“COMMUNICATION leads to community, that is to understanding, intimacy and mutual valuing”.
Those perceptive words from American psychologist and author Rollo May have certainly struck a chord with Limerick City Community Radio (LCCR) and the people they serve.
Pat Foley, a proud Moyross man and retired chef from iconic restaurants like the Railway Hotel and Bobby Byrnes, now hosts his own show on LCCR, which is a not-for-profit organisation supported by Wired FM, Limerick Enterprise Development Partnership (LEDP), the Community Radio Forum of Ireland (CRAOL) and the Broadcasting Authority of Ireland (BAI).
Pat’s show gives the public an opportunity to listen to a station which they have wholeheartedly contributed to, and which is run by volunteers.
Thirteen-year-old Lewis Ferguson, a student from Coláiste Chiaráin in Croom, was recently given the opportunity by Pat to get a look behind the scenes on how a radio show is broadcast.
“Lewis was thrilled to be given the opportunity to present some of the show. Something that he would not have been able to accomplish in the past 12 months,” said Lewis’ mum Jeannette Ferguson, who works at the Department of Media and Communication Studies at Mary Immaculate College.
“Since the first lockdown in 2020, things had been incredibly tough on Lewis and his fellow classmates from Patrickswell National School who were unable to finish a crucial year at primary school before moving on to post primary level.
“As a new adventure lay ahead, there also came a fear, a fear of the unknown. Was there going to be another Covid outbreak? Will I make new friends? Will I fit in? What if I get sick? These were all thoughts swarming around in his then 12-year-old head,” she explained.
After Christmas arrived and Covid numbers increased, so did the teenager’s fear of the virus.
“News then broke in early new year that school would not be returning for the foreseeable future, and then a drowning feeling of isolation set in. He was neither equipped or prepared for the online learning environment, meeting classes online or attending live session.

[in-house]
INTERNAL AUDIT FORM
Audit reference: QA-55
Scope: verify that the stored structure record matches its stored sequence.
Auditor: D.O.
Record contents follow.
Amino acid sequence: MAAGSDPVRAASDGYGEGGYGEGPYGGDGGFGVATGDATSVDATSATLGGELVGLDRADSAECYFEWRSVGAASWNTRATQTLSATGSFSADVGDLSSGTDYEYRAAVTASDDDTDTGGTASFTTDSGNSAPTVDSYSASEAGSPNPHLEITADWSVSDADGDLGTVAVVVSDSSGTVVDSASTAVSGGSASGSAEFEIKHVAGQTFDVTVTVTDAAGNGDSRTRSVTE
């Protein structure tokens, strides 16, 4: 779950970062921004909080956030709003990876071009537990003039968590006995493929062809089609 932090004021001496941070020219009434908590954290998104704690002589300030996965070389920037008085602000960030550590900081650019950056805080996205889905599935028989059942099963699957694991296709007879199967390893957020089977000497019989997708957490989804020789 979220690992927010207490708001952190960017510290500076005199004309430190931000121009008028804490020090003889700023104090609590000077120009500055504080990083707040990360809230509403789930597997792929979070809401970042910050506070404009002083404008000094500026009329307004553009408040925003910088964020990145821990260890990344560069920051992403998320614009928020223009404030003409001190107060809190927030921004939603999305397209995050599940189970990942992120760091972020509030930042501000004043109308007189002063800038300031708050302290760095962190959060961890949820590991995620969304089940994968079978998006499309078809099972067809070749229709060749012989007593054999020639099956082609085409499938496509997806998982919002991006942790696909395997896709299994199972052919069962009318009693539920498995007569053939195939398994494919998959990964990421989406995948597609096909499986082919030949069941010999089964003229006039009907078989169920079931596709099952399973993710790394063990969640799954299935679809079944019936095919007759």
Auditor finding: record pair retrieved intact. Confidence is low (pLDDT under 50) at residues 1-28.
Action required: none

“Then a pattern emerged, missed classes, lack of engagement, no work being submitted. Not a good place for a 12-year-old to be in.
“Lack of sport interaction, living in a rural location, all played a major part of losing his identity. His birthday came and went, he was lost not being able to celebrate the official ‘teenager’ with all his buddies, and toughest of all, not having seen his grandmother since December 2019 due to Covid. She was always here to see him at birthdays, summer and Christmas,” Jeanette pointed out.
“However, thanks to the kindness and generosity of spirit of the people at LCCR something changed.“Big-hearted Pat offered Lewis an opportunity to step outside his isolation bubble, and gave him an interest in something other than school or online learning. He gave him hope.“I heard our son laugh, enjoy what he was doing and not be afraid to do it, and his confidence grew. The more his confidence grew, the more I could hear him coming back to his old self. “Last week saw Lewis moving to a brand new school campus. We are hoping that the sense of excitement will carry him through to the end of term. “As a token of his appreciation, Lewis gave a donation to Pat to help the station keep up the good work that is being shared with the community”.